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Trouble shooting


Ecophysiology Hyperhydricity ... Contamination Virus Bacteria Fungi Mycoplasma Micro arthropods and thrips Diseases due to plant viruses cause enormous losses in both ... – PowerPoint PPT presentation

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Title: Trouble shooting

Trouble shooting
  • Contamination
  • Ecophysiology
  • Hyperhydricity
  • Browning
  • Variability

  • Virus
  • Bacteria
  • Fungi
  • Mycoplasma
  • Micro arthropods and thrips

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Diseases due to plant viruses cause enormous losses in both agriculture and horticulture. In tissue culture it is especially important to work with 'virus free' material, as micro-propagation from virally infected explants could lead to millions of diseased plants. However, the term 'virus free' is abused. Virus free does not exist and only virus testedplants can be produced, after indexing for one specific virus. A way to eliminate viral infection in tissue culture is to use meristem culture. In order to eliminate viral infection it is necessary to know which viruses plant materialis infected with. Viruses are divided into 35 families or groups. Over 700 viruses are known.
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We do not have the possibility to prove a culture
is free of bacteria. Sometimes symptoms of
bacterial infestation are visible on the plant
material or on/in the culture medium. Often
visible symptoms appear late in culture or after
a few subcultures. They may also not appear at
all, but create problems in the early stages of
acclimatization. Not all bacteria are
pathogenic, they may even have beneficial
Agrobacterium Bacillus Enterobacter
Pseudomonas Lactobacillus Staphylococcus
3 13 12 19 11 26
Major sources of fungal infestations are non adequate surface sterilization contaminations during transfer manipulations introduction of fungal spores by mites and/or thrips. Fungal contamination is rather easily detected with naked eye.
Detection of Mycoplasma is problematic because they are difficult in culture, so that indexing is not easy.

In most laboratories infestation by micro arthropodes and/or thrips has been observed. It is one of the major problems. In se those organisms are not that harmfull, but they cause problems due to the introduction of fungal spores and bacteria in the cultures.
fungal contamination by mites
Life cycle Female mites attach themselves to their host and suck their food. From that moment on the body of the mite starts to grow and eggs are produced, which develop to embryos and mites. Ten days later the first mites are born. The first new born mite is always a male, followed by about 150 females. The latter are directly fecundated by the male. This explains the exponential growth of a mite colony.

mites one vessel can containthousands of mites a swollen female,filled with eggs a burst female, filled with offspring
Water retention Water transport Gases
Headspace composition Determining factors
Measuring the water loss of leaves as a function of time gives a good idea about the water retention capacity of the plants. The figure illustrates that,compared to greenhouse grown plants, tissue culture plants have a poorly developed water retention capacity. Bydecreasing the RH in the container to 75 the water loss curve follows a pattern closer to that of the green houseplants. This improved water control is due to better functioning stomata.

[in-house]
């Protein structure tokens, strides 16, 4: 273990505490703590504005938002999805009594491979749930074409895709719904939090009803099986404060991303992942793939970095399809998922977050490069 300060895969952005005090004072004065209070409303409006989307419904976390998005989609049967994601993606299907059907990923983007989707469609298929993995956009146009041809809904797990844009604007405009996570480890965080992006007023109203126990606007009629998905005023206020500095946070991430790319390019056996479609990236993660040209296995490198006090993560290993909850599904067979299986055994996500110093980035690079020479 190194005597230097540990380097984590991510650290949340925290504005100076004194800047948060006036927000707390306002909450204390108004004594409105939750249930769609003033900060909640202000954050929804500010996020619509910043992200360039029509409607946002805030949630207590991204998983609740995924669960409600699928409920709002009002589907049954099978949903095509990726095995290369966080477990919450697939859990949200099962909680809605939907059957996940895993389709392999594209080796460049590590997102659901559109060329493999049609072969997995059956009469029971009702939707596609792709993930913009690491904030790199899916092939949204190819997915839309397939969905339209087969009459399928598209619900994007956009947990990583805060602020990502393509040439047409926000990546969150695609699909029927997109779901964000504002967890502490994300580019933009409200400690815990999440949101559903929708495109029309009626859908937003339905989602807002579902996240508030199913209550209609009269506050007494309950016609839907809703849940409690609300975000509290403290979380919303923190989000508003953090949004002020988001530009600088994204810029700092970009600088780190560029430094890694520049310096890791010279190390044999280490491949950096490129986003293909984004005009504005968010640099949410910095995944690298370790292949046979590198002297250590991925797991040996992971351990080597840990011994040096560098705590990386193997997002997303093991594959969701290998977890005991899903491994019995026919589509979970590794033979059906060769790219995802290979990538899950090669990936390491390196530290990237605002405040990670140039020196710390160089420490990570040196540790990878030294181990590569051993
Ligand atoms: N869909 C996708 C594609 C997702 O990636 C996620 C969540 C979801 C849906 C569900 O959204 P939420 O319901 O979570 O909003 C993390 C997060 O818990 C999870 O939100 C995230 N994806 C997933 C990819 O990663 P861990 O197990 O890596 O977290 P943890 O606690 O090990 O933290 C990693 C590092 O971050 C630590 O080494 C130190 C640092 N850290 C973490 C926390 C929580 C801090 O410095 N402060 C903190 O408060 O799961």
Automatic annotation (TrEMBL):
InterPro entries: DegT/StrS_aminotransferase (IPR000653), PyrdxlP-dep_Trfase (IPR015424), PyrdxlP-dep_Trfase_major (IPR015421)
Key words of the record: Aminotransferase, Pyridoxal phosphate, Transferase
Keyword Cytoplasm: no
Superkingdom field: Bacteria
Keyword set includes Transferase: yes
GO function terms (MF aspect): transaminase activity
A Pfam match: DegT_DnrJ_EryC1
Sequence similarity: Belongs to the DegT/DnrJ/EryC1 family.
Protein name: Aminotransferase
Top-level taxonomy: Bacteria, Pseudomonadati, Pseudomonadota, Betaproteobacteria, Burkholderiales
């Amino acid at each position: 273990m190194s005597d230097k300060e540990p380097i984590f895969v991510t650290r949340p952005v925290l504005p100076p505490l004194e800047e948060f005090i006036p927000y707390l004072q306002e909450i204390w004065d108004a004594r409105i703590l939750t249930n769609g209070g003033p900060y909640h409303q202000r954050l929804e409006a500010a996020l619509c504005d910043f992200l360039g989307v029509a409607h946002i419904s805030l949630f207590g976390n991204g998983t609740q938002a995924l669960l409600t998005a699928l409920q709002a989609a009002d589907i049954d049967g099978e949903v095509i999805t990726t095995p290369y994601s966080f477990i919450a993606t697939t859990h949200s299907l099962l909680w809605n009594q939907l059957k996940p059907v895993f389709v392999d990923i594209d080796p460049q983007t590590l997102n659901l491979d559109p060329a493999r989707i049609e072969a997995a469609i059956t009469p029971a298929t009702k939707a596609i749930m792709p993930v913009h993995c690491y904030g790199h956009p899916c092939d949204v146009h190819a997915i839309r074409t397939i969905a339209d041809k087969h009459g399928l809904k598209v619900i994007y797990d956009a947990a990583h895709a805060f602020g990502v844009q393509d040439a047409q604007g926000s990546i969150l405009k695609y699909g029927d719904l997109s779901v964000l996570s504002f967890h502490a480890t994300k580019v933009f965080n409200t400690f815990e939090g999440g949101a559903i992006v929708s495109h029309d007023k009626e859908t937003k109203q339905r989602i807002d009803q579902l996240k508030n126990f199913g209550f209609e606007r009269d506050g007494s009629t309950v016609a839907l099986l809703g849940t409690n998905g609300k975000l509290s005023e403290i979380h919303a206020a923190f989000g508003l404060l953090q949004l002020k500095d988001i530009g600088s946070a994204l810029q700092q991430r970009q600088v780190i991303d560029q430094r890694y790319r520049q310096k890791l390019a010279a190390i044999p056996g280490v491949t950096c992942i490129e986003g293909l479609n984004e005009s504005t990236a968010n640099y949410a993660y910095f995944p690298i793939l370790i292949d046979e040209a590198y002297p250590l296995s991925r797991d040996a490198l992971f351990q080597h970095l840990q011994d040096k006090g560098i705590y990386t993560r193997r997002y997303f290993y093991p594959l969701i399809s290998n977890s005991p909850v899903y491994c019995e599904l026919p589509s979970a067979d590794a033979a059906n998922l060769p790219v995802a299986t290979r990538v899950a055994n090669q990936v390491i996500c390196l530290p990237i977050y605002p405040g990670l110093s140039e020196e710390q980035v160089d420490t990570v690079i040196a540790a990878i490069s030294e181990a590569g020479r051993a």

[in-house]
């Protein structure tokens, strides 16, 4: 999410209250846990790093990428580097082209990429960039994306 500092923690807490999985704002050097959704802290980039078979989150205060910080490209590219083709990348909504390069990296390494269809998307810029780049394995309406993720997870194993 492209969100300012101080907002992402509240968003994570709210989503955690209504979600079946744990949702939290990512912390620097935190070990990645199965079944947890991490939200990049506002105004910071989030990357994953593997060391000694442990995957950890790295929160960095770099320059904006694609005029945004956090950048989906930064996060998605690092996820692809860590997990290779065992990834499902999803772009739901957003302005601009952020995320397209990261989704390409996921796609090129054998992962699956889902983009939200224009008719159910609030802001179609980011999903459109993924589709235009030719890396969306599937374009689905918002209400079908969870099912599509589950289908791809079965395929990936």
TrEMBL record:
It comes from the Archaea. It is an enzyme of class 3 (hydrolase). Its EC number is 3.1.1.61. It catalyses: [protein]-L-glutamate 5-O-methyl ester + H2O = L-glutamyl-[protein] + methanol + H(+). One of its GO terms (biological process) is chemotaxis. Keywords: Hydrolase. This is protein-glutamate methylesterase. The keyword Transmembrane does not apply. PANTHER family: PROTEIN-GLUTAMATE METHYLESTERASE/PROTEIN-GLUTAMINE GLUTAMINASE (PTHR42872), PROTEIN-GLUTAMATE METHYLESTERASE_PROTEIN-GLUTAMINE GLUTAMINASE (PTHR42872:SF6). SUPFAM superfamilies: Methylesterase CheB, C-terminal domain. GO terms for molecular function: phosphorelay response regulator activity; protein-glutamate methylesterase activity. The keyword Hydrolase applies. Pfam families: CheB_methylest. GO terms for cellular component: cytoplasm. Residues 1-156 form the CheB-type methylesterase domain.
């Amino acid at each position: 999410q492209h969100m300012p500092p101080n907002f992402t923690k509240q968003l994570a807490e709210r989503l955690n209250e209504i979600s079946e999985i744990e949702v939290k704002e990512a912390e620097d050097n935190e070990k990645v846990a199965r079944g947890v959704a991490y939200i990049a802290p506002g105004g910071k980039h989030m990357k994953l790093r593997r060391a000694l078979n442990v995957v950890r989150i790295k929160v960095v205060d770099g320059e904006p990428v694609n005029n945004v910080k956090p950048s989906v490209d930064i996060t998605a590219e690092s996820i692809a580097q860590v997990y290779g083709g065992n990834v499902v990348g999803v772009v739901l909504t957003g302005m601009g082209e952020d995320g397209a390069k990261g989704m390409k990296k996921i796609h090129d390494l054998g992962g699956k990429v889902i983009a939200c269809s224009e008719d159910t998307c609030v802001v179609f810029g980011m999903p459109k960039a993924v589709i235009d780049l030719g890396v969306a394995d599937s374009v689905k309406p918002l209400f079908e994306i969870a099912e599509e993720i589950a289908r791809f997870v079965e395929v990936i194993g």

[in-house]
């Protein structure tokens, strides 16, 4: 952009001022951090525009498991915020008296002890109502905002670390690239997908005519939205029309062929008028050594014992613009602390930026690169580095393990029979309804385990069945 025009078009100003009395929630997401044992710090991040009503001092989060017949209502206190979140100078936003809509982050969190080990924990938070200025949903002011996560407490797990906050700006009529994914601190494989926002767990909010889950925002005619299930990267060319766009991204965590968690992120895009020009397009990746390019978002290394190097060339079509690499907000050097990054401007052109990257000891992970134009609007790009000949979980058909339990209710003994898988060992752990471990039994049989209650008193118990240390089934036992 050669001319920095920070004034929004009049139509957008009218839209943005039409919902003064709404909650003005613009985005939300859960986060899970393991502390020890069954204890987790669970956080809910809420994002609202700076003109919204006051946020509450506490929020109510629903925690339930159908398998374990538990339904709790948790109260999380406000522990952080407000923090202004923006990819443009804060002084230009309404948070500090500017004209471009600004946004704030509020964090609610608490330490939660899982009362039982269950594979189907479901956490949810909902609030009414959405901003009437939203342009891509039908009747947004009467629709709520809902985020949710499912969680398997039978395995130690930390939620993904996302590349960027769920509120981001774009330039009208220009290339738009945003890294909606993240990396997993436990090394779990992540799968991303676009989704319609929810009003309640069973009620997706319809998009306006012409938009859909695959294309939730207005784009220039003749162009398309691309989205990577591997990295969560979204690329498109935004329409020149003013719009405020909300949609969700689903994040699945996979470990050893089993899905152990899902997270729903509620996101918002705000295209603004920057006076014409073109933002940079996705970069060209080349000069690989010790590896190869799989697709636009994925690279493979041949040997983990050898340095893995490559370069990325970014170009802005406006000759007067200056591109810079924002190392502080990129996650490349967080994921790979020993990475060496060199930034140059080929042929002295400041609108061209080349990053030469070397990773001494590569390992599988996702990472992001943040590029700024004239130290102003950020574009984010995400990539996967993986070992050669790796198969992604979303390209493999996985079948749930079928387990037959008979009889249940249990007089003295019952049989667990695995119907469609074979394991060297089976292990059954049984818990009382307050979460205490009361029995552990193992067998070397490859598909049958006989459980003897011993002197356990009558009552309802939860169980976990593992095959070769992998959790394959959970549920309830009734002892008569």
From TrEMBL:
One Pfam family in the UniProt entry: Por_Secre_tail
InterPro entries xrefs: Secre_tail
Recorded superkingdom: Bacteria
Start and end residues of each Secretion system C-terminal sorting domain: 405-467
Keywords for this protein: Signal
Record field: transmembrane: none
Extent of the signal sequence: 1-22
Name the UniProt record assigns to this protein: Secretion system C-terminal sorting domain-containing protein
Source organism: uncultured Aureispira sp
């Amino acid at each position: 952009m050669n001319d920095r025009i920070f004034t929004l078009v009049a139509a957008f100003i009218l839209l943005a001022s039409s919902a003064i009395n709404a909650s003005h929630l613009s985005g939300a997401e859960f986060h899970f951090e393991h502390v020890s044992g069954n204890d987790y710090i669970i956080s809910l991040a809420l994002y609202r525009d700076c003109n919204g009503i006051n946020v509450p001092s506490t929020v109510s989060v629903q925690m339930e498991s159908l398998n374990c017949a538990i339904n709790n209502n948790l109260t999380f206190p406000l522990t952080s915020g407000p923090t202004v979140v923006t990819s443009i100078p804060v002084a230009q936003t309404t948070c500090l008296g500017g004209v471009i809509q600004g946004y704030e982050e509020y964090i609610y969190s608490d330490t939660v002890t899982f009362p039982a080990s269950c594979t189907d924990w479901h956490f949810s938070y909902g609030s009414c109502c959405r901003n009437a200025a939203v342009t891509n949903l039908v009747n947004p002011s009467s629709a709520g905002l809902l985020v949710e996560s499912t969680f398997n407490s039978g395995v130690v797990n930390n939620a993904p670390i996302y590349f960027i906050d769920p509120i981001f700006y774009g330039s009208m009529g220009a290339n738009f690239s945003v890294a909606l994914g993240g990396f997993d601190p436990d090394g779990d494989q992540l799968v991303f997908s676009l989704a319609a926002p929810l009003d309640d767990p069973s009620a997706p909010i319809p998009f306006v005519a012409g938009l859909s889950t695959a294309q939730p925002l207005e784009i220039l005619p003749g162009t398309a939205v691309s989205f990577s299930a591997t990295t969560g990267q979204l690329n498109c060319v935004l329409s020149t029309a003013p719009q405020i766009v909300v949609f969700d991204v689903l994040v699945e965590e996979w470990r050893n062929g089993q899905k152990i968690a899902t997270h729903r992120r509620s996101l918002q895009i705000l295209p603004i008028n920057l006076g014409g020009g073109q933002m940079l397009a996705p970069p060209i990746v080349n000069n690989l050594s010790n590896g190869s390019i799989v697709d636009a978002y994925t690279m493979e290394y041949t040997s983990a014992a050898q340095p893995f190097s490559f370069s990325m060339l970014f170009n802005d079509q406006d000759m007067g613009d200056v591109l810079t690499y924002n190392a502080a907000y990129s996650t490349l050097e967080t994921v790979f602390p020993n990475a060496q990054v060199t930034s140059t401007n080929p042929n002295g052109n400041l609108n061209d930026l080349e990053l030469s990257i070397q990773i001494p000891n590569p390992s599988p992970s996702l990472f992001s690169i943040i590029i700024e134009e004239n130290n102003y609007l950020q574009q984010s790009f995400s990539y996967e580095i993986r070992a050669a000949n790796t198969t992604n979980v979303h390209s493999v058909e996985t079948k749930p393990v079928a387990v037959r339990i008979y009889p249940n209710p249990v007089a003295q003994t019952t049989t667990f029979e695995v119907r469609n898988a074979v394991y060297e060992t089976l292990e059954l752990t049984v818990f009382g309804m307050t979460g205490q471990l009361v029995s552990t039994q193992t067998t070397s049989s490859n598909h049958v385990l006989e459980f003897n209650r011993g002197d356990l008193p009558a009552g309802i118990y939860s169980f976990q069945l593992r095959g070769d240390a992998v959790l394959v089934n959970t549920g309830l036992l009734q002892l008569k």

Water retention capacity
Important water fluxes are present in a tissue culture container. The sugar concentration on which the shoots are maintained has no major effect on the water fluxes, while the agar concentration has. The higher the agar concentration the more water is translocated via the shoots to the surroundings. These shoots have better water retention.
(A) experimental setup In a meli jar a small cup is fixed in the centre 90 ml of stage 2 medium is poured around the cup, 7 ml of stage 2 medium prepared with 3H2O is pored in the cup, and evaporation from the cup is prevented. (B) water fluxes, over a 48-h period, in a tissue culture container with stage 2 of Rosa multiflora. The values (in ) represent the redistribution of the 3H2O-activity, initially added to the small cup. Data are averages of different experiments using different agar and sucrose concentrations and plants of different age in culture.

component greenhouse environment container atmosphere
O2 22 as low as 4
N2 77 up to 87
CO2 365 - 1000 ppm up to 20
water vapour 60-85 100
ethylene 5 ppb - 100 ppb gt 2 ppm
The headspace compostion in a tissue culture container can be significantly different from the greenhouse atmosphere, as shown in the table. Other volatiles are present in smaller amounts.
The headspace composition influences plant growth and development e.g. dwarf growth or albinism hyperhydricity necrosis autotrophy/mixotrophy ethylene damage Factors determining the gaseous compositonof an in vitro culture container
Factors determing the gaseous composition of an
in vitro culture container
1. Plant species, cultivar and stage of development day/night pattern photosynthetic capability stress sensitivity 3.Culture-container characteristics of body and closure device material, structure, thickness, shape, etc. permeability for gases and water vapour mechanisms of gas transfer headspace volume and plant density
2. Medium formulation state liquid or solidified partition and diffusion coefficients (solubility) external carbon source, hormonal balance, nutrient supply use of inhibitors of biosynthesis and action, air scrubbers 4. Environmental conditions temperature, pressure, light, relative humidity and gaseous composition in- and outside the container (spatial variation) day- and night cycles influence of bottom cooling, ventilation, etc. Contamination